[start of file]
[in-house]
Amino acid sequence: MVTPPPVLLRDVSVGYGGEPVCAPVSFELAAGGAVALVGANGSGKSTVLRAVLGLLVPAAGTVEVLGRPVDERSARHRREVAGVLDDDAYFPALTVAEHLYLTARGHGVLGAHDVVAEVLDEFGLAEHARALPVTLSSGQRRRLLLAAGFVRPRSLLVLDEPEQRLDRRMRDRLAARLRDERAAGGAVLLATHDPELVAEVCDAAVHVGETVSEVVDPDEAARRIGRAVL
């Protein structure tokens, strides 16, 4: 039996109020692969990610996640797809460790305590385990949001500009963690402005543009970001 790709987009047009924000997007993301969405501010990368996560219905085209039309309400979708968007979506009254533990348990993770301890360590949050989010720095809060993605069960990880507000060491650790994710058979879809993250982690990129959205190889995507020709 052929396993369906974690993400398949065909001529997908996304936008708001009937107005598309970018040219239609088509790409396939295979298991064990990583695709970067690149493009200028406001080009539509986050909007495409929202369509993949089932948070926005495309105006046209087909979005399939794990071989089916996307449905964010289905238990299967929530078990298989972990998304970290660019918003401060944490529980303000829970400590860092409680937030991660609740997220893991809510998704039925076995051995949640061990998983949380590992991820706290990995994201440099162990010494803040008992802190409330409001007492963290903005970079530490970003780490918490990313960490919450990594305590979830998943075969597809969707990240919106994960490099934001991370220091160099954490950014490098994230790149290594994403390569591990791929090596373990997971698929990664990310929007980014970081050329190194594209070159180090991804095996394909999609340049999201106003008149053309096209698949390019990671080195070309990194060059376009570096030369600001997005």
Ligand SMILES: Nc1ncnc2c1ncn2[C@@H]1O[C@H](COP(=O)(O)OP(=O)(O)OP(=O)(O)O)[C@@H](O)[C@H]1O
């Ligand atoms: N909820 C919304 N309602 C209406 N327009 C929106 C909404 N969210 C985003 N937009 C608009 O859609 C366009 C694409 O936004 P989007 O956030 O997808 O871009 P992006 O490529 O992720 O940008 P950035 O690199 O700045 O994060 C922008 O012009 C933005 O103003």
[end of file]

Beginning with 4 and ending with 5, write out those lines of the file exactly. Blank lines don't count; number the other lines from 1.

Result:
Ligand SMILES: Nc1ncnc2c1ncn2[C@@H]1O[C@H](COP(=O)(O)OP(=O)(O)OP(=O)(O)O)[C@@H](O)[C@H]1O
């Ligand atoms: N909820 C919304 N309602 C209406 N327009 C929106 C909404 N969210 C985003 N937009 C608009 O859609 C366009 C694409 O936004 P989007 O956030 O997808 O871009 P992006 O490529 O992720 O940008 P950035 O690199 O700045 O994060 C922008 O012009 C933005 O103003």